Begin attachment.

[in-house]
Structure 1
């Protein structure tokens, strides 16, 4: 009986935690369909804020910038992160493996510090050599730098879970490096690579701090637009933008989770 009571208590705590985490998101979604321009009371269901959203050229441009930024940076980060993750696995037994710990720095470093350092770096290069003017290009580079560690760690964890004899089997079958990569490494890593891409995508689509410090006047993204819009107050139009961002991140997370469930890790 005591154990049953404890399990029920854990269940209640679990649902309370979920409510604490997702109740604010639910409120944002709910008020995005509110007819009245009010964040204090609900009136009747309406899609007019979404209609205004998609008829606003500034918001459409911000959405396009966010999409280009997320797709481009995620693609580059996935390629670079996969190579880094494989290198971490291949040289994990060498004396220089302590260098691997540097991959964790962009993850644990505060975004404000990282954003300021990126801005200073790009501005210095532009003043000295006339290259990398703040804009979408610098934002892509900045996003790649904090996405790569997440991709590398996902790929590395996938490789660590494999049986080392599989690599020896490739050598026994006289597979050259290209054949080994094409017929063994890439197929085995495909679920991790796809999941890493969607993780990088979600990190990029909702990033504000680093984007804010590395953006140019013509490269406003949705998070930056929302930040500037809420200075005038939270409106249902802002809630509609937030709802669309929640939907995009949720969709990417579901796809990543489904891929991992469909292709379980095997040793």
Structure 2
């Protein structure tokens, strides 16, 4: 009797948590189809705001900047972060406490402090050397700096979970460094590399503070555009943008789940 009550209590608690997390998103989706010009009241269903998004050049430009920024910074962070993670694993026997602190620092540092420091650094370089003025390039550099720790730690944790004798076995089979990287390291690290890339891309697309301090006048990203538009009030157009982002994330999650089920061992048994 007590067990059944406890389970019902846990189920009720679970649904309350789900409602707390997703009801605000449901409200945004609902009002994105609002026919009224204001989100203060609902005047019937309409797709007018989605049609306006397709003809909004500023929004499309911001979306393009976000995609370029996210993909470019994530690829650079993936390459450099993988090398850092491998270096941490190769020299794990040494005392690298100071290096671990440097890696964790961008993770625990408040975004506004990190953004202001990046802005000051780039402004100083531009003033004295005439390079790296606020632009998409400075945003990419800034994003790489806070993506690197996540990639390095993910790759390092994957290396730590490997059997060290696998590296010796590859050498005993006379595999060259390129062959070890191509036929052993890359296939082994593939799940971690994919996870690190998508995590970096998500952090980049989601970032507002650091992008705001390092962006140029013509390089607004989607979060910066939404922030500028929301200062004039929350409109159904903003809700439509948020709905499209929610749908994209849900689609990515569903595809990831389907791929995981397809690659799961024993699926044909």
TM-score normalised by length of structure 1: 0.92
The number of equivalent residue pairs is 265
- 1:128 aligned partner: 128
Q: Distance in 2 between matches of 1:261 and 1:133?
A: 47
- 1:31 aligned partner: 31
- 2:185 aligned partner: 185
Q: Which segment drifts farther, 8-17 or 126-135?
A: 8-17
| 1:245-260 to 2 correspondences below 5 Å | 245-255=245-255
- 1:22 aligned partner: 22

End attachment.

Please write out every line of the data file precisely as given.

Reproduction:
[in-house]
Structure 1
């Protein structure tokens, strides 16, 4: 009986935690369909804020910038992160493996510090050599730098879970490096690579701090637009933008989770 009571208590705590985490998101979604321009009371269901959203050229441009930024940076980060993750696995037994710990720095470093350092770096290069003017290009580079560690760690964890004899089997079958990569490494890593891409995508689509410090006047993204819009107050139009961002991140997370469930890790 005591154990049953404890399990029920854990269940209640679990649902309370979920409510604490997702109740604010639910409120944002709910008020995005509110007819009245009010964040204090609900009136009747309406899609007019979404209609205004998609008829606003500034918001459409911000959405396009966010999409280009997320797709481009995620693609580059996935390629670079996969190579880094494989290198971490291949040289994990060498004396220089302590260098691997540097991959964790962009993850644990505060975004404000990282954003300021990126801005200073790009501005210095532009003043000295006339290259990398703040804009979408610098934002892509900045996003790649904090996405790569997440991709590398996902790929590395996938490789660590494999049986080392599989690599020896490739050598026994006289597979050259290209054949080994094409017929063994890439197929085995495909679920991790796809999941890493969607993780990088979600990190990029909702990033504000680093984007804010590395953006140019013509490269406003949705998070930056929302930040500037809420200075005038939270409106249902802002809630509609937030709802669309929640939907995009949720969709990417579901796809990543489904891929991992469909292709379980095997040793």
Structure 2
């Protein structure tokens, strides 16, 4: 009797948590189809705001900047972060406490402090050397700096979970460094590399503070555009943008789940 009550209590608690997390998103989706010009009241269903998004050049430009920024910074962070993670694993026997602190620092540092420091650094370089003025390039550099720790730690944790004798076995089979990287390291690290890339891309697309301090006048990203538009009030157009982002994330999650089920061992048994 007590067990059944406890389970019902846990189920009720679970649904309350789900409602707390997703009801605000449901409200945004609902009002994105609002026919009224204001989100203060609902005047019937309409797709007018989605049609306006397709003809909004500023929004499309911001979306393009976000995609370029996210993909470019994530690829650079993936390459450099993988090398850092491998270096941490190769020299794990040494005392690298100071290096671990440097890696964790961008993770625990408040975004506004990190953004202001990046802005000051780039402004100083531009003033004295005439390079790296606020632009998409400075945003990419800034994003790489806070993506690197996540990639390095993910790759390092994957290396730590490997059997060290696998590296010796590859050498005993006379595999060259390129062959070890191509036929052993890359296939082994593939799940971690994919996870690190998508995590970096998500952090980049989601970032507002650091992008705001390092962006140029013509390089607004989607979060910066939404922030500028929301200062004039929350409109159904903003809700439509948020709905499209929610749908994209849900689609990515569903595809990831389907791929995981397809690659799961024993699926044909």
TM-score normalised by length of structure 1: 0.92
The number of equivalent residue pairs is 265
- 1:128 aligned partner: 128
Q: Distance in 2 between matches of 1:261 and 1:133?
A: 47
- 1:31 aligned partner: 31
- 2:185 aligned partner: 185
Q: Which segment drifts farther, 8-17 or 126-135?
A: 8-17
| 1:245-260 to 2 correspondences below 5 Å | 245-255=245-255
- 1:22 aligned partner: 22